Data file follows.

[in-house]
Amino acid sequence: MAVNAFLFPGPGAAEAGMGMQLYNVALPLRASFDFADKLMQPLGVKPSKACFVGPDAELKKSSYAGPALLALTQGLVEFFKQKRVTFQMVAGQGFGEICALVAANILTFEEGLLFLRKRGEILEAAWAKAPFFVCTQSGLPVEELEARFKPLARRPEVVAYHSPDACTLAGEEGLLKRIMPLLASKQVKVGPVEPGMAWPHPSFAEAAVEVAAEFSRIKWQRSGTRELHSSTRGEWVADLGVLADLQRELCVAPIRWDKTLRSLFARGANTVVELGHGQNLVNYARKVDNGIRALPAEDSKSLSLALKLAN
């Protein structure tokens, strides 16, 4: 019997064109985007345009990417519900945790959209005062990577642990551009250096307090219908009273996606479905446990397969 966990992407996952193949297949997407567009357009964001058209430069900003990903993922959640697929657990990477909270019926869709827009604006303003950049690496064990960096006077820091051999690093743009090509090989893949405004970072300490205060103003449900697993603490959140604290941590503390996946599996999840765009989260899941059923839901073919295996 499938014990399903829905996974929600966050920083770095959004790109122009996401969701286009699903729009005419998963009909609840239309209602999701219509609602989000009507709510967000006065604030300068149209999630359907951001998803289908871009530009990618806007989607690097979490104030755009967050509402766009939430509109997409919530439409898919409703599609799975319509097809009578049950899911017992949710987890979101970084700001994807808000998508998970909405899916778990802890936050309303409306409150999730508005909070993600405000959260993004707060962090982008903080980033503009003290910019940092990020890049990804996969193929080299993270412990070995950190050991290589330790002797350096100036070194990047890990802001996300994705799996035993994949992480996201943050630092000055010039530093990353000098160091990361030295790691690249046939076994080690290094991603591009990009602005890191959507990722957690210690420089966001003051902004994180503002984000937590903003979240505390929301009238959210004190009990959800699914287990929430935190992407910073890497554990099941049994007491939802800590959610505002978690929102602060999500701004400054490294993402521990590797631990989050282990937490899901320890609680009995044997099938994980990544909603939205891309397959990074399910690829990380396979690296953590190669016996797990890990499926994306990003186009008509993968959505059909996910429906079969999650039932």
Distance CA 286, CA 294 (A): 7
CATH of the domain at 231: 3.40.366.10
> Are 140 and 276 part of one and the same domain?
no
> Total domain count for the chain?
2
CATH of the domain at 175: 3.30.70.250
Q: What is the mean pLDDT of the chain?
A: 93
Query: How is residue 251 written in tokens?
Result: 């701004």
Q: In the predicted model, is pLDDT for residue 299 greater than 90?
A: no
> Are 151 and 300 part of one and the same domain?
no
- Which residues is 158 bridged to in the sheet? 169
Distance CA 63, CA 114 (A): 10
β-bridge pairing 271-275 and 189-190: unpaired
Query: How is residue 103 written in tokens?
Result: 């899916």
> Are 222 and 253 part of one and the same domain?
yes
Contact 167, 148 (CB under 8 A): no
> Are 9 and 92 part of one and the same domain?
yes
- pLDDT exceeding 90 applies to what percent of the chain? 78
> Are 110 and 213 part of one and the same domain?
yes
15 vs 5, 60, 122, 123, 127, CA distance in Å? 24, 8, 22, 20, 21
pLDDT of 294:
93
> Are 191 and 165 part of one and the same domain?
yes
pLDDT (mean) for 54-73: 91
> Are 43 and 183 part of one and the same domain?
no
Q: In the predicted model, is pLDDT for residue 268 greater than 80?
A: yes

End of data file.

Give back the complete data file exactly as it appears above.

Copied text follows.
[in-house]
Amino acid sequence: MAVNAFLFPGPGAAEAGMGMQLYNVALPLRASFDFADKLMQPLGVKPSKACFVGPDAELKKSSYAGPALLALTQGLVEFFKQKRVTFQMVAGQGFGEICALVAANILTFEEGLLFLRKRGEILEAAWAKAPFFVCTQSGLPVEELEARFKPLARRPEVVAYHSPDACTLAGEEGLLKRIMPLLASKQVKVGPVEPGMAWPHPSFAEAAVEVAAEFSRIKWQRSGTRELHSSTRGEWVADLGVLADLQRELCVAPIRWDKTLRSLFARGANTVVELGHGQNLVNYARKVDNGIRALPAEDSKSLSLALKLAN
């Protein structure tokens, strides 16, 4: 019997064109985007345009990417519900945790959209005062990577642990551009250096307090219908009273996606479905446990397969 966990992407996952193949297949997407567009357009964001058209430069900003990903993922959640697929657990990477909270019926869709827009604006303003950049690496064990960096006077820091051999690093743009090509090989893949405004970072300490205060103003449900697993603490959140604290941590503390996946599996999840765009989260899941059923839901073919295996 499938014990399903829905996974929600966050920083770095959004790109122009996401969701286009699903729009005419998963009909609840239309209602999701219509609602989000009507709510967000006065604030300068149209999630359907951001998803289908871009530009990618806007989607690097979490104030755009967050509402766009939430509109997409919530439409898919409703599609799975319509097809009578049950899911017992949710987890979101970084700001994807808000998508998970909405899916778990802890936050309303409306409150999730508005909070993600405000959260993004707060962090982008903080980033503009003290910019940092990020890049990804996969193929080299993270412990070995950190050991290589330790002797350096100036070194990047890990802001996300994705799996035993994949992480996201943050630092000055010039530093990353000098160091990361030295790691690249046939076994080690290094991603591009990009602005890191959507990722957690210690420089966001003051902004994180503002984000937590903003979240505390929301009238959210004190009990959800699914287990929430935190992407910073890497554990099941049994007491939802800590959610505002978690929102602060999500701004400054490294993402521990590797631990989050282990937490899901320890609680009995044997099938994980990544909603939205891309397959990074399910690829990380396979690296953590190669016996797990890990499926994306990003186009008509993968959505059909996910429906079969999650039932």
Distance CA 286, CA 294 (A): 7
CATH of the domain at 231: 3.40.366.10
> Are 140 and 276 part of one and the same domain?
no
> Total domain count for the chain?
2
CATH of the domain at 175: 3.30.70.250
Q: What is the mean pLDDT of the chain?
A: 93
Query: How is residue 251 written in tokens?
Result: 């701004």
Q: In the predicted model, is pLDDT for residue 299 greater than 90?
A: no
> Are 151 and 300 part of one and the same domain?
no
- Which residues is 158 bridged to in the sheet? 169
Distance CA 63, CA 114 (A): 10
β-bridge pairing 271-275 and 189-190: unpaired
Query: How is residue 103 written in tokens?
Result: 């899916």
> Are 222 and 253 part of one and the same domain?
yes
Contact 167, 148 (CB under 8 A): no
> Are 9 and 92 part of one and the same domain?
yes
- pLDDT exceeding 90 applies to what percent of the chain? 78
> Are 110 and 213 part of one and the same domain?
yes
15 vs 5, 60, 122, 123, 127, CA distance in Å? 24, 8, 22, 20, 21
pLDDT of 294:
93
> Are 191 and 165 part of one and the same domain?
yes
pLDDT (mean) for 54-73: 91
> Are 43 and 183 part of one and the same domain?
no
Q: In the predicted model, is pLDDT for residue 268 greater than 80?
A: yes